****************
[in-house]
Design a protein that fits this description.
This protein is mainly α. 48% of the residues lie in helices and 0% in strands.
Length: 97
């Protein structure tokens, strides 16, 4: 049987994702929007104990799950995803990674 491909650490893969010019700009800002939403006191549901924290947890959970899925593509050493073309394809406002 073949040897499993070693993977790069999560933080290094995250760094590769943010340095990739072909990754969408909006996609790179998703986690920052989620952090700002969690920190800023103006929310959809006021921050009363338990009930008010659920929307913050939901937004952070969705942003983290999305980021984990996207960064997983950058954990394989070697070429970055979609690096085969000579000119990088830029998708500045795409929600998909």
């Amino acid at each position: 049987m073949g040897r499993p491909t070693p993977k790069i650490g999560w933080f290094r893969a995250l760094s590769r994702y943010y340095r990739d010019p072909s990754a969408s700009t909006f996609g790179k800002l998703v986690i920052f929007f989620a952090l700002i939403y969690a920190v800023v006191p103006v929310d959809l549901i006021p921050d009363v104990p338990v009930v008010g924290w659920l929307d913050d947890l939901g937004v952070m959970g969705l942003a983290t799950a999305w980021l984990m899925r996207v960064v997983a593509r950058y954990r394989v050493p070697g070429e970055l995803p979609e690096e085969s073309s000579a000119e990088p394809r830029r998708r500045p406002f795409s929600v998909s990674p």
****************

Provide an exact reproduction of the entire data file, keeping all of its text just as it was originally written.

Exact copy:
[in-house]
Design a protein that fits this description.
This protein is mainly α. 48% of the residues lie in helices and 0% in strands.
Length: 97
């Protein structure tokens, strides 16, 4: 049987994702929007104990799950995803990674 491909650490893969010019700009800002939403006191549901924290947890959970899925593509050493073309394809406002 073949040897499993070693993977790069999560933080290094995250760094590769943010340095990739072909990754969408909006996609790179998703986690920052989620952090700002969690920190800023103006929310959809006021921050009363338990009930008010659920929307913050939901937004952070969705942003983290999305980021984990996207960064997983950058954990394989070697070429970055979609690096085969000579000119990088830029998708500045795409929600998909």
């Amino acid at each position: 049987m073949g040897r499993p491909t070693p993977k790069i650490g999560w933080f290094r893969a995250l760094s590769r994702y943010y340095r990739d010019p072909s990754a969408s700009t909006f996609g790179k800002l998703v986690i920052f929007f989620a952090l700002i939403y969690a920190v800023v006191p103006v929310d959809l549901i006021p921050d009363v104990p338990v009930v008010g924290w659920l929307d913050d947890l939901g937004v952070m959970g969705l942003a983290t799950a999305w980021l984990m899925r996207v960064v997983a593509r950058y954990r394989v050493p070697g070429e970055l995803p979609e690096e085969s073309s000579a000119e990088p394809r830029r998708r500045p406002f795409s929600v998909s990674p």